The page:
management of headaches in children (infographic)

Illustration: Momjunction Design Team

Key Pointers

  • Children may frequently experience harmless headaches.
  • Underlying medical issues may rarely cause chronic headaches in children.
  • Headaches in children may be accompanied by nausea, sensitivity to light and sound, abdominal pain, and discomfort.
  • Controlling headaches in children may involve nutritious diets, relaxation exercises, rest, massage, and the application of warm and cold compresses.
  • The treatment of headaches may involve using OTC painkillers and vitamins, as well as addressing factors that trigger headaches.
Headaches In Children_illustration

Image: Stable Diffusion/MomJunction Design Team


MomJunction's articles are written after analyzing the research works of expert authors and institutions. Our references consist of resources established by authorities in their respective fields. You can learn more about the authenticity of the information we present in our editorial policy.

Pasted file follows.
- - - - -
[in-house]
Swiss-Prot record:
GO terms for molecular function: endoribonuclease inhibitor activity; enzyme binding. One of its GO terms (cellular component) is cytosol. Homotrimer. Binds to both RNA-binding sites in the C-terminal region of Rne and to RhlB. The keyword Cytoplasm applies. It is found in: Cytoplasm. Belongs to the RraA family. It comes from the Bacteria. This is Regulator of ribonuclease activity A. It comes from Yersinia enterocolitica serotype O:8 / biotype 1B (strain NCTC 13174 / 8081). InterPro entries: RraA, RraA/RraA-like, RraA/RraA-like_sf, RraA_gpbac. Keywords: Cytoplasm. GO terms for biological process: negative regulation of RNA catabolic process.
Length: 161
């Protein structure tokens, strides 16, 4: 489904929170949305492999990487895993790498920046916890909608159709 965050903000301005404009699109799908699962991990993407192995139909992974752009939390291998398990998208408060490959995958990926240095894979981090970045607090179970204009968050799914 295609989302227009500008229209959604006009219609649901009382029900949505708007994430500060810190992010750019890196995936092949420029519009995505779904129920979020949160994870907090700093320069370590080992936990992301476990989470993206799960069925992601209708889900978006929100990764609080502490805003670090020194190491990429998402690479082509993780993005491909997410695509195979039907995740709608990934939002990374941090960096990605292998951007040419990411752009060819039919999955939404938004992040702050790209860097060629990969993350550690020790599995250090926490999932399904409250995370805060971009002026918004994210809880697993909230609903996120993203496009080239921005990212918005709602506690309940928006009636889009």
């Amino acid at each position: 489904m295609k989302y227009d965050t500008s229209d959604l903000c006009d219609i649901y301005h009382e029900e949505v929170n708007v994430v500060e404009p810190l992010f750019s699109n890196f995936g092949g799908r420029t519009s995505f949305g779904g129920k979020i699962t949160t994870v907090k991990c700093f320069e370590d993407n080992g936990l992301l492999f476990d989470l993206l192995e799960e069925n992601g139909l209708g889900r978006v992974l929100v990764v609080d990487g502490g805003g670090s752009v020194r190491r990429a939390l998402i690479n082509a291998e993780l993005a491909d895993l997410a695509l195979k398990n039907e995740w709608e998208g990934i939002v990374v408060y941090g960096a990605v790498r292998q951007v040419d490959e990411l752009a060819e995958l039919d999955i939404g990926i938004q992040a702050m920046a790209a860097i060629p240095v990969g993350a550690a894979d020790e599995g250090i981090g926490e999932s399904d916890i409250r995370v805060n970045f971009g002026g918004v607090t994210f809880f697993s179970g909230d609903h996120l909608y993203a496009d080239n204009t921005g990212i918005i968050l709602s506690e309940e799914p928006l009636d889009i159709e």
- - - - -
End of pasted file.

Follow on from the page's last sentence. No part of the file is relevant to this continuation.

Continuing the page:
1. Headaches & migraines in children.
  2. Choon How How and Wei Shih Derrick Chan (2014). Headaches in children.
  3. Headaches in Children.
  4. Headaches in Children.
  5. Headaches in Children: When to Worry.
  6. Bacterial Meningitis in Children.
  7. Encephalitis in Children: Causes, Symptoms, Diagnosis and Treatment.
  8. Head Injury in Children.
  9. Headaches in Children.
  10. Natural Relief For Children Prone To Tension Headaches.
  11. Headaches in Children.
  12. Headaches in Children and Adolescents.
  13. Headache in Children.
  14. Is Too Much Screen Time Causing Your Child’s Headaches?
  15. Can children outgrow chronic daily headaches?
  16. Headache
  17. Sanjay Prakash et al. (2016). Vitamin D deficiency mimicking chronic tension-type headache in children
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Dr. Aldo Medina Serpa is a Physician Doctor with a specialty in Pediatrics. Having more than two decades of experience, he is currently associated with Universidad Autónoma de San Luis Potosí as an honorary professor. Previously, he was the head of department of Epidemiology at Hospital General de Soledad and pediatrician at Hospital de la Salud, San Luis Potosí, México.

Read full bio of Dr. Aldo Medina Serpa